Living amongst the forest, rock and lakes of Muskoka was David and Joanne McLean's long-held dream. It was a dream well planned, with great care taken to secure the perfect location and to craft the ideal home. It would be a gathering place for friends and family. It was to be their forever home. That was, until faced with a new and greater challenge: a life-changing diagnosis.
As executive coaches in leadership, helping others navigate change, they faced a sudden diagnosis of cancer, forcing upon them the greatest change of their lives, compelling them to consider the advice they had offered so many before. Coaching themselves, they saw the virtues of changing course and, as a result, are letting go of their dream home and focusing on a new dream.
“About 15 years ago we envisioned wanting to live in a community where you could have an active lifestyle and we narrowed in on Huntsville,” recalls David. “Ten years ago we found a property we fell in love with.”
They purchased the five-acre property with 204 feet of private natural frontage on Fairy Lake and, for the first four years, summered in what was originally the cottage of Margaret Young, granddaughter of a founding settler. By 2011, David and Joanne were ready to build their new home. “We designed it and I was the general contractor,” explains David, who has long had a passion for architecture and design.
The four-bedroom, four-bathroom bungalow features a sunny four-season Muskoka room and a chef’s kitchen with granite countertops from Ciot. The space was designed for entertaining, boasting a 10-by-five-foot island in the open-concept living and dining area. Pinnacle Property Maintenance nurtures the well-treed, five-acre property where Marshall Well Drilling tapped an ample water supply. Dwight Garden Centre helps keep the landscape natural and thriving.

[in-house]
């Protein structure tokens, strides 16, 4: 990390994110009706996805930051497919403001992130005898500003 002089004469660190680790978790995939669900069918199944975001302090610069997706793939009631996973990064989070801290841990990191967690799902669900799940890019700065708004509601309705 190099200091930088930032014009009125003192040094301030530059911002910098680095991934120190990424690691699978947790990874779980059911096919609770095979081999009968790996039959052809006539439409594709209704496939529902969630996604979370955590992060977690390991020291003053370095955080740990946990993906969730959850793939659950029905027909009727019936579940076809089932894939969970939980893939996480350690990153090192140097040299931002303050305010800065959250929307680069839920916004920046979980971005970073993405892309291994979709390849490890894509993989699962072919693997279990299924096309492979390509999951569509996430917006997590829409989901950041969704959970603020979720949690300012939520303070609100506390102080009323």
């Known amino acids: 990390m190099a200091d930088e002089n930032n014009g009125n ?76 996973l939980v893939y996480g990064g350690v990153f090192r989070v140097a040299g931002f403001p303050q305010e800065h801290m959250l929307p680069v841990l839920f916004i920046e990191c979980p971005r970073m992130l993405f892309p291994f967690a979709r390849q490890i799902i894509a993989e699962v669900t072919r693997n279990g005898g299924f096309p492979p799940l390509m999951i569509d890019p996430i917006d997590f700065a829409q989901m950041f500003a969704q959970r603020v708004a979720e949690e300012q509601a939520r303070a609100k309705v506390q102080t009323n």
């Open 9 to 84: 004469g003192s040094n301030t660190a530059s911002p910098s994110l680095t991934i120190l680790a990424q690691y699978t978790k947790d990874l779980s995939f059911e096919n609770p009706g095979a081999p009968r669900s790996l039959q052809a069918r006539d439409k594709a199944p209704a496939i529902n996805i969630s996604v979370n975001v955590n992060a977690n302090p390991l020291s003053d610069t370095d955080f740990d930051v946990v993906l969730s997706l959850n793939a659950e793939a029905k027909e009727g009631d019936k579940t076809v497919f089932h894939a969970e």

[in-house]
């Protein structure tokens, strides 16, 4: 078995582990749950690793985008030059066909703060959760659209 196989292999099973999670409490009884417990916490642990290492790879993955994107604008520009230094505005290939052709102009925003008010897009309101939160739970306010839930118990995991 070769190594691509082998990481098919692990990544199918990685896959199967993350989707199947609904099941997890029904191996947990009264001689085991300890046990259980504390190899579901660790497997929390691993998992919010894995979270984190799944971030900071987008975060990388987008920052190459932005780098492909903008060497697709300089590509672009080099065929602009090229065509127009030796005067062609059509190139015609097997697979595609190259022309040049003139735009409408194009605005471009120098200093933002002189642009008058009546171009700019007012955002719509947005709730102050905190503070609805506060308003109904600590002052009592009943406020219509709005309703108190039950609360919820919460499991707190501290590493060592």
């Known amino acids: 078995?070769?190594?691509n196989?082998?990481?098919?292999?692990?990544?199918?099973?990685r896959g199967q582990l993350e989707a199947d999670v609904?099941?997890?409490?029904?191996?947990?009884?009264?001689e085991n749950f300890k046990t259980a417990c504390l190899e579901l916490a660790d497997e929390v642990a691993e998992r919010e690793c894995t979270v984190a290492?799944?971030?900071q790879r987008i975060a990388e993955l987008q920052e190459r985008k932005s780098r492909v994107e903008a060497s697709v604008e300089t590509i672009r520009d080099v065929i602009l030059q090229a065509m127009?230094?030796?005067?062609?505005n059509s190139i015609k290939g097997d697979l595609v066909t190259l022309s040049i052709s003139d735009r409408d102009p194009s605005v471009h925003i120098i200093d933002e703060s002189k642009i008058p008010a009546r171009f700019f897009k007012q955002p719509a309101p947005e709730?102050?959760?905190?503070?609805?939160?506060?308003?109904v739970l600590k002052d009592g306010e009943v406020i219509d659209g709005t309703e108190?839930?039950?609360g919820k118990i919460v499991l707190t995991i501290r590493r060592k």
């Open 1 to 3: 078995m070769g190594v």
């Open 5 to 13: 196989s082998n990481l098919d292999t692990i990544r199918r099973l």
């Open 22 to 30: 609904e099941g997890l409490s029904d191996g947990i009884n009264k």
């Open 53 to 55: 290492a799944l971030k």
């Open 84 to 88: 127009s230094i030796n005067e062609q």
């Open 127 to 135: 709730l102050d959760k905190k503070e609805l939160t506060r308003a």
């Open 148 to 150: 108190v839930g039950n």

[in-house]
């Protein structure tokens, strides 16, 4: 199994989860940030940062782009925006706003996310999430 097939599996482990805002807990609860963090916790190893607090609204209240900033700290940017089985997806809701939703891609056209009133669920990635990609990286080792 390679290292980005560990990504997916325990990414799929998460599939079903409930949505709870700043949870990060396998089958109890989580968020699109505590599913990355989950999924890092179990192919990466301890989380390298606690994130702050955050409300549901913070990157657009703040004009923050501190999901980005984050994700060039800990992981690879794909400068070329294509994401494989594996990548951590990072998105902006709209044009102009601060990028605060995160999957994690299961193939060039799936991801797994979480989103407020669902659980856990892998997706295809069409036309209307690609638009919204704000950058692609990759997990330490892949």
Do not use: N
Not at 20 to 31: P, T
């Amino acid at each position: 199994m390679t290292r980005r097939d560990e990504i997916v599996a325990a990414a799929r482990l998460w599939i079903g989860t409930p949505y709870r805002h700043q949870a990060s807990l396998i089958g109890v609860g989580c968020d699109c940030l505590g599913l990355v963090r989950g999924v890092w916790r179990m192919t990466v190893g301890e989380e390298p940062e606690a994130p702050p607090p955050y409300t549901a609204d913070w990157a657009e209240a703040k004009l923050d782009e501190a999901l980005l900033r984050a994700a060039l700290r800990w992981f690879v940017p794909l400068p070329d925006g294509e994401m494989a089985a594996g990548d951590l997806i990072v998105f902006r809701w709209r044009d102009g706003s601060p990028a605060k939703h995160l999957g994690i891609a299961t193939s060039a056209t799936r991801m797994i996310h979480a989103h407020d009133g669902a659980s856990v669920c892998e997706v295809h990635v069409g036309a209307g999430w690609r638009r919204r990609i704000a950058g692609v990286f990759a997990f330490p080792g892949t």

Once the new house was built and the grounds landscaped, the dream was realized. Life was good.
“Then, three-and-a-half years ago, shortly after we moved up here, we were dealt a surprise in our life,” David says with gentle candour. “My beautiful bride was diagnosed with cancer.” A year later, in January 2015, Joanne was re-diagnosed with stage IV breast cancer. A period of recalibrating followed, of figuring out what the diagnosis meant, and how it would impact them. “Business-wise we had a lot of conversations about our lifestyle – it was a lot of travel and we just decided we don’t want to do that anymore. We wanted to spend our time together,” explains Joanne.
Wanting to continue their leadership work, in the fall of 2016, they bought Soapstones Natural Skincare, a Muskoka-based company that manufactures and sells natural skincare products. “Our business has a strong focus on social responsibility, which we see as a vehicle for us to continue our work in the area of leadership,” Joanne explains. “So we have dedicated five per cent of our profits to support youth leadership initiatives, not only in our own communities, but across communities.”
“Given this new journey in our lives, we have found ourselves in the place where we’re going to sell the Haverland property,” explains Joanne. When the McLeans first sat down with Megan McLeod, a broker with Sotheby’s International Realty Canada, to discuss selling, they felt a bond.
“I’m going to be helping them see this through,” says Megan. “It’s not just about selling a house. It’s about helping them transition into the next phase of their lives together and finding the right buyer for this home.” Megan describes the floor plan as perfect from a living and entertaining perspective. “The room sizes are large but still comfortable and intimate. Lots of windows, high ceilings, with some beautiful timber frame accents.” Touches of Canadiana furnishings and décor by Urban Rustic Living owner Tary Roossien divide the living, dining room and kitchen into intimate alcoves, while maintaining the room’s open concept.
“It’s a sanctuary really,” says Joanne. “It’s like a getaway. There’s a very long laneway to get into the property so it’s peaceful and private. You have a 180-degree view of the lake from the windows across the front, which always serves to remind us how fortunate we have been to have been in this place.”